Reclamation and Remediation

Role of Biologists in this Practice Area

When human activities make an impact on natural landscapes, reclamation and remediation are fundamental to the goal of restoring the land as a functioning unit within the ecosystem. The process involves remediation of the soils, water and air to remove contaminates detrimental to the ecosystem, followed by reclamation of the surface to return the land to its original – or an equivalent – land use. Successful reclamation and remediation requires Professional Biologists, working closely with colleagues in other disciplines, to restore human impacted sites so they no longer pose a risk to the life of all living organisms.

Steering Committee



Steering Committee Chair Elvie Reinson

Practice Area Function & Goals

  1. Developing reclamation plans to restore the land back to equivalent land capacity, including re-vegetation and ecosystem trajectory, through detailed site assessment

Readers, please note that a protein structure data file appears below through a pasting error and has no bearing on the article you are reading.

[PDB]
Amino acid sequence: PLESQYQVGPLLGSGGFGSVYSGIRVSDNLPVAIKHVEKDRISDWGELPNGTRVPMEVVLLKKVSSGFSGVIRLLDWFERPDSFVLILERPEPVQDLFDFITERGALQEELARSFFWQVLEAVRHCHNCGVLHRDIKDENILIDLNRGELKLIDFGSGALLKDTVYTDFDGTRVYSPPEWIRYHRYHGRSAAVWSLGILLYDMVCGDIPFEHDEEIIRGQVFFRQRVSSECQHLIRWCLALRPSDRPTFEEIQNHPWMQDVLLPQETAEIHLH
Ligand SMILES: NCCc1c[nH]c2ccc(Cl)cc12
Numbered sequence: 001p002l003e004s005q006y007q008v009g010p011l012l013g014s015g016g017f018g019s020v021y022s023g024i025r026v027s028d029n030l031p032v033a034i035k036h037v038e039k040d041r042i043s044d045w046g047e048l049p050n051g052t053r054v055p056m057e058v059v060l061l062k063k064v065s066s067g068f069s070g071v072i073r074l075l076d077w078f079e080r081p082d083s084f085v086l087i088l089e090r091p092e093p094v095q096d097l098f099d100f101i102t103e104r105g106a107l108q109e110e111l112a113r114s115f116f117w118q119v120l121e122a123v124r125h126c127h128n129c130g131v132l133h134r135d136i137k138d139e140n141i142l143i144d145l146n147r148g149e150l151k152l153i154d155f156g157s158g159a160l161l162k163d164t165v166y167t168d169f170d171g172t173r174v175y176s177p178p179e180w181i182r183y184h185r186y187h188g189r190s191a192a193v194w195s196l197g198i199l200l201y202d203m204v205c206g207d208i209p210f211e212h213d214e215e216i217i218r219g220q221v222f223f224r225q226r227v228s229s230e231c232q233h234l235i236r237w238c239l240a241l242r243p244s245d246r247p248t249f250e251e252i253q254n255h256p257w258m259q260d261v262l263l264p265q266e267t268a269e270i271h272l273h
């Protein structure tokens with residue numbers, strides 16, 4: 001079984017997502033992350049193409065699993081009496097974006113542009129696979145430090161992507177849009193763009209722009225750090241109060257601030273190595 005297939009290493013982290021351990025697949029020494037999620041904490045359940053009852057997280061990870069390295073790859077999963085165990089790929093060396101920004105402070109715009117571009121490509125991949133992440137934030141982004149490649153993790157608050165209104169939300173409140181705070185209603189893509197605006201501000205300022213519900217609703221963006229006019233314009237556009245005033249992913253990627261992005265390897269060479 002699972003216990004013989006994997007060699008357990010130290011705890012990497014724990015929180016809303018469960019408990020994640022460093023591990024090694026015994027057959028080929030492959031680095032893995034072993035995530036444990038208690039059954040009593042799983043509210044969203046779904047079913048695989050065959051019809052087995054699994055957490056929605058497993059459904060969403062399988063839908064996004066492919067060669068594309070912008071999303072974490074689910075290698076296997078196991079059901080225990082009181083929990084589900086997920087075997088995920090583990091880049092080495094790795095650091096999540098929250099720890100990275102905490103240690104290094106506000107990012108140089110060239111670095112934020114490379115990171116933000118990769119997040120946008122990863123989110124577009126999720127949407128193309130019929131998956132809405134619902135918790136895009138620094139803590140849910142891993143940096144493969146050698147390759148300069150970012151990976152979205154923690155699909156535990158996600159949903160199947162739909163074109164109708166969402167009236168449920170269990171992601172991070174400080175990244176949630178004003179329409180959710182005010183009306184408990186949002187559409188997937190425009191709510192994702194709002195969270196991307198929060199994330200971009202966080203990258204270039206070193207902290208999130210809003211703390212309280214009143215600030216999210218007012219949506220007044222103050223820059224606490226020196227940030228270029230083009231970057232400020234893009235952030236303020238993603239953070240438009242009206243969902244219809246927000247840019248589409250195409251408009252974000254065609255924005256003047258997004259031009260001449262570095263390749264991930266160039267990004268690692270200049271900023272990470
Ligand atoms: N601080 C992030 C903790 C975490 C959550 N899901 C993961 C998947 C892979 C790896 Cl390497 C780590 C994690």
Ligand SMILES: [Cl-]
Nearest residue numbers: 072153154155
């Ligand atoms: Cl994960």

2. Assessing migratory pathways and receptors for many anthropogenic impacts in evaluated criteria usage
  3. Assessing how ecological receptors are, or will be, influenced by contamination in various media and how that contamination will influence future ecological function
  4. Developing bioremediation and/or phytoremediation and/or many other remediation options used to remediate contaminated soils and groundwater
  5. Developing risk management plans and assessments which determine the risk of anthropogenic chemicals to biological receptors such as fish and wildlife
  6. Determining if, indeed, a site has been reclaimed back to original, or equivalent, capacity within the context of a healthy ecosystem

Practitioners’ Resources

Useful Links

Relevant Documentation